Sep 5, 2018; New York, NY, USA; New York City defender Anton Tinnerholm (3) defends against New England Revolution forward Cristian Penilla (70) during first half at Yankee Stadium. Mandatory Credit: Noah K. Murray-USA TODAY Sports
The New England Revolution’s playoff hopes have a steadier pulse after Wednesday night’s 1-0 victory over New York City FC at Yankee Stadium. This was the Revolution’s second road victory of the season and NYCFC’s first home loss of the year as well.
Here are three takeaways from New England’s performance:
Defense finally stands tall
Despite getting out-shot 28-11 and out-possessed, the Revolution managed to scrape together an advantage and hang on to secure a necessary result.
Revolution goalkeeper Brad Knighton made his first league start of the season in place of Matt Turner, whose form in net had started to slip in recent weeks. Knighton showed his veteran savvy as he commanded New England’s back line, which upheld the team’s fifth shutout of the season and its first since July 7.
Knighton also made five saves, including one off a Maximiliano Moralez breakaway in the first half. In turn, the Revolution back came up with every block, deflection and clearance necessary to halt NYCFC’s incessant attack.
The hosts were certainly shorthanded Wednesday due to injuries and call-ups, but they still managed to put out a capable team that featured Moralez (ranked third in the league for assists) and the always-dangerous David Villa.
But Revolution coach Brad Friedel also didn’t field his best starting XI, either. He was without Luis Caicedo (suspension) and Teal Bunbury (knee) and opted to bench Diego Fagundez and Juan Agudelo in favor the inexperienced Cristhian Machado and Brian Wright.
Regardless, Friedel’s choices got the team precisely what was necessary: three points to snap a nine-game winless run and keep their playoff hopes alive.
Tactical decisions spot-on
Friedel deserves credit for putting out a gutsy starting lineup and for his management of the game from the sideline.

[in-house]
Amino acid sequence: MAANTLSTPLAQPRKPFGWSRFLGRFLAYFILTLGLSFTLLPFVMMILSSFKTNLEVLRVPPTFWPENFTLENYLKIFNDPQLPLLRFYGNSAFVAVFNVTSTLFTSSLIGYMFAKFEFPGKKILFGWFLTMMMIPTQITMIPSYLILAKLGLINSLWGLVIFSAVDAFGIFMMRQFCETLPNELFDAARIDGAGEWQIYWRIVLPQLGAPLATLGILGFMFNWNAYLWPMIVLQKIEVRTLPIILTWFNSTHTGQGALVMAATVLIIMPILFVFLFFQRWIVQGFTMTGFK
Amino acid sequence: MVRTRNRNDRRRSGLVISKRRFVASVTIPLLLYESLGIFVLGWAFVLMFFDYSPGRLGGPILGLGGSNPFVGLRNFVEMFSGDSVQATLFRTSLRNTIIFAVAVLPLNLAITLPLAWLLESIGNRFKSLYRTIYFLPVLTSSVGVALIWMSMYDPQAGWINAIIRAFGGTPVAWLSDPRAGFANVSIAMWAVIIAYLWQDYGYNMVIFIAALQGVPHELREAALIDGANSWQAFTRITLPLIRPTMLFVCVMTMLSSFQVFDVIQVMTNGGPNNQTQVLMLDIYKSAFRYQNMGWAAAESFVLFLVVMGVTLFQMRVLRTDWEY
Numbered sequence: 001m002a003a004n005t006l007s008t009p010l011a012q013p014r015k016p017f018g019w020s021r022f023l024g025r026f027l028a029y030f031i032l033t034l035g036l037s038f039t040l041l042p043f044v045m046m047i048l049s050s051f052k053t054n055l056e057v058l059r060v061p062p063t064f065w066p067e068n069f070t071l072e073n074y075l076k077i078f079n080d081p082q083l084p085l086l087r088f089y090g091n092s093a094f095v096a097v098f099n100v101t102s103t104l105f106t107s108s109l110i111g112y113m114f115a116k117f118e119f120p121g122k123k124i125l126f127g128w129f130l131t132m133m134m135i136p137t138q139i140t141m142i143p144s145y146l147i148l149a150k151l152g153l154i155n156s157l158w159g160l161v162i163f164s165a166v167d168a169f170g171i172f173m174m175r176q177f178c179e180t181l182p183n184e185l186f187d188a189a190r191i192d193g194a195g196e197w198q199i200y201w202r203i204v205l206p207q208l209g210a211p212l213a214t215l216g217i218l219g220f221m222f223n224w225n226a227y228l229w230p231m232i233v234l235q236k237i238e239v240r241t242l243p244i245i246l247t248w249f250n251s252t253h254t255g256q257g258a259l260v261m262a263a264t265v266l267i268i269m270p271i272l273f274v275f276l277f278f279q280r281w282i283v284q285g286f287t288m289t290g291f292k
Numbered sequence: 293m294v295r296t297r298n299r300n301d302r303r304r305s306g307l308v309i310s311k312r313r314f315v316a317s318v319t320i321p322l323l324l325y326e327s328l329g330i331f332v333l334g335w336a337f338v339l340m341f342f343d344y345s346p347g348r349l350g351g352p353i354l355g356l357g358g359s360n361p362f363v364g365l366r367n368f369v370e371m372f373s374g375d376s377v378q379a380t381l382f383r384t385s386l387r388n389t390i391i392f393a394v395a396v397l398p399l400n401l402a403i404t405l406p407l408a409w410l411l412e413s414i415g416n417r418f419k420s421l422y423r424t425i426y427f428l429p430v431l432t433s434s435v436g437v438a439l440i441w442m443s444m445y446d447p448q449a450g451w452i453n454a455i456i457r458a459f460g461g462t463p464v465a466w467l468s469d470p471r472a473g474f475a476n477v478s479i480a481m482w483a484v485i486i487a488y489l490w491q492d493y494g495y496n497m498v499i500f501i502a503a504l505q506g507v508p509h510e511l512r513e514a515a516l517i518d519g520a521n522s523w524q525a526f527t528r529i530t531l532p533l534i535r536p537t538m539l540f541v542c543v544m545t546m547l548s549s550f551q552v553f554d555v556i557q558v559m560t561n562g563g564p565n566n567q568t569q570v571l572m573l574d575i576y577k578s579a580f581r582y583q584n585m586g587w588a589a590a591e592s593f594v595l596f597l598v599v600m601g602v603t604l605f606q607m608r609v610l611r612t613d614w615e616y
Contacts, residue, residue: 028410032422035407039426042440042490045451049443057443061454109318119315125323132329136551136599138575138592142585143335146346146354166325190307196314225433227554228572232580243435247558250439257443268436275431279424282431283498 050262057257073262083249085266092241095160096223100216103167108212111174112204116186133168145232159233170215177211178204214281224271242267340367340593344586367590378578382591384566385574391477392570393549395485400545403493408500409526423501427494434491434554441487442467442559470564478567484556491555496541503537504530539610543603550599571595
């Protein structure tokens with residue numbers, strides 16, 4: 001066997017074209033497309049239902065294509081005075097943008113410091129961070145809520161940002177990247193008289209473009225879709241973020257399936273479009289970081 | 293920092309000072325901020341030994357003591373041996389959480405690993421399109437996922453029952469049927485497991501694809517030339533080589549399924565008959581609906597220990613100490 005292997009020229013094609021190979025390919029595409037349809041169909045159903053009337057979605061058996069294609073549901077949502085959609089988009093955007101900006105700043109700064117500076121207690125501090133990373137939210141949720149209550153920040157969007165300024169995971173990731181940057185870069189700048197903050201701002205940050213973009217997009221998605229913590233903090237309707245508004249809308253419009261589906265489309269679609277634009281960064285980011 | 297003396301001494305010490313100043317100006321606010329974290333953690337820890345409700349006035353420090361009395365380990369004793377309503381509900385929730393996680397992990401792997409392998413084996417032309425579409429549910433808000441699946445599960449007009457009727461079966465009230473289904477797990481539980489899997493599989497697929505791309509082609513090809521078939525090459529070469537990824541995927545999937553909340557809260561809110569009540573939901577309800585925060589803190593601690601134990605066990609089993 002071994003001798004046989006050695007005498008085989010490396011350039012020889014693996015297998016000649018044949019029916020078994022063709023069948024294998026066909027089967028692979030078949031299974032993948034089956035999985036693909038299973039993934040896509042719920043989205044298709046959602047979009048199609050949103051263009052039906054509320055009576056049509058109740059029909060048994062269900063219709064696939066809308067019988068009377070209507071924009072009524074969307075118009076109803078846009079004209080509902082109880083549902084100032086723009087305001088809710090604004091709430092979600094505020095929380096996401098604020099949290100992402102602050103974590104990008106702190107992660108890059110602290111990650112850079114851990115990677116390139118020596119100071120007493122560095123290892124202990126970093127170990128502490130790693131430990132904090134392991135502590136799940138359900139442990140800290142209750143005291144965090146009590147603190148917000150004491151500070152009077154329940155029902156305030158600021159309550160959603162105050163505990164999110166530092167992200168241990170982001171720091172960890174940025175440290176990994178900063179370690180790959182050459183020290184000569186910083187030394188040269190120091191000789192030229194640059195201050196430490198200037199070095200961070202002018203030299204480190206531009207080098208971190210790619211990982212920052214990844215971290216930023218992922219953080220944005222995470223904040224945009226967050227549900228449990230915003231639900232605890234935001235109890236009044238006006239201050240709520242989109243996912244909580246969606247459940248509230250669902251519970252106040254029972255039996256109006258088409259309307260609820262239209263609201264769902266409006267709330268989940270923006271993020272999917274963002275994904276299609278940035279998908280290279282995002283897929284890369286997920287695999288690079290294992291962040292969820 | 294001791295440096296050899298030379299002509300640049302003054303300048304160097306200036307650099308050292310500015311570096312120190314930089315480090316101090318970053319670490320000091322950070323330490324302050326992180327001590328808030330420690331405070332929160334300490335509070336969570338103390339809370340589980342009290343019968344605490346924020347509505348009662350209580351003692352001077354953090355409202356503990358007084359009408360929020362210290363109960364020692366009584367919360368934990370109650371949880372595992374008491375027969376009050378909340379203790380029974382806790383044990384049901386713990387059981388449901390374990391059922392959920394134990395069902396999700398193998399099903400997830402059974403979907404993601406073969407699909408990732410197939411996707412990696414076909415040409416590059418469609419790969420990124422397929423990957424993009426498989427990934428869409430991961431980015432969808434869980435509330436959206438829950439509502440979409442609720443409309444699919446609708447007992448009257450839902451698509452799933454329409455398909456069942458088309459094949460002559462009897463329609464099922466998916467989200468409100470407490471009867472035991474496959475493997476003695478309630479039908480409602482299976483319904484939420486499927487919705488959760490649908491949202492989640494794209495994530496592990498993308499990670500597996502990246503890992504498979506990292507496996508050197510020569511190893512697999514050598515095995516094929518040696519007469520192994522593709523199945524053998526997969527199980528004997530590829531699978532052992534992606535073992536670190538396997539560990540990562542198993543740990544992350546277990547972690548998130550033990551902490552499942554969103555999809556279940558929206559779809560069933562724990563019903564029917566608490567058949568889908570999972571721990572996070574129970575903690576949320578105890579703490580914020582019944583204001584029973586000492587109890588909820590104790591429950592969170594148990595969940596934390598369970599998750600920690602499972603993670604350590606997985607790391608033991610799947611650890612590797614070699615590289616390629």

New England was clearly second-best for most of Wednesday night, but Friedel’s short-handed and inexperienced lineup still managed to weather the storm and keep NYCFC at bay.
While the decision to start Machado never really paid off, Friedel’s move to substitute him off for Fagundez at halftime helped change the game. Fagundez’s entrance provided a fresh, dynamic look that also helped open space for Cristian Penilla, who was also quiet in the first half.
Penilla was involved in each of the sequences that led to his team nearly scoring in the second half.
As for the goal, Brian Wright seems to have made the case that he can be a contributor for the remainder of this season and next. He needed just three chances to put away his first MLS goal: one came off the post in the first half, another was halted dead for a raised offside flag and the third was his opportunistic rebound on Penilla’s shot from just outside the box.
Friedel was also spot-on with his second-half changes. In addition to the Revolution getting a spark from Fagundez, the insertion of both Juan Agudelo and Isaac Angking helped the Revs maintain possession, push into New York’s end of the field and burn time off the clock.
Playoff hopes still look bleak
Prior to Wednesday’s game, FiveThirtyEight listed the Revolution’s chances of making the playoffs at eight percent.
After their victory, New England’s chances shot up to 17 percent.
The standings may say the Revs are just three points out of a playoff spot, but a number of factors, including strength of schedule and the form of their Eastern Conference rivals is keeping their postseason hopes in doubt.
Remember, the Revolution slipped out of playoff position due to their nine-game winless run. In seven of their previous nine games, they gave up at least two goals per game. They now have just two road wins. They’re also winless at home in their last five games. Their leading scorer has just one goal in the team’s last 12 games.
Looking ahead, the Revs play in difficult road venues like Los Angeles, Toronto, Atlanta and Salt Lake City. They play four of their last seven games against teams in playoff position.
D.C. United, which is three points behind New England, also has two games in hand. The Philadelphia Union, currently in fifth place, look as though they won’t be caught. The Montreal Impact, in the sixth and final spot, look more vulnerable.
However, the Revolution’s hopes of taking Montreal’s place rely on Montreal and D.C. imploding in the season’s final stretch. That looks highly unlikely.
To make good on their 17 percent chance of making the postseason, the Revolution have to almost be perfect. They probably have to finish the season unbeaten and hope for their Eastern Conference rivals to stumble along the way.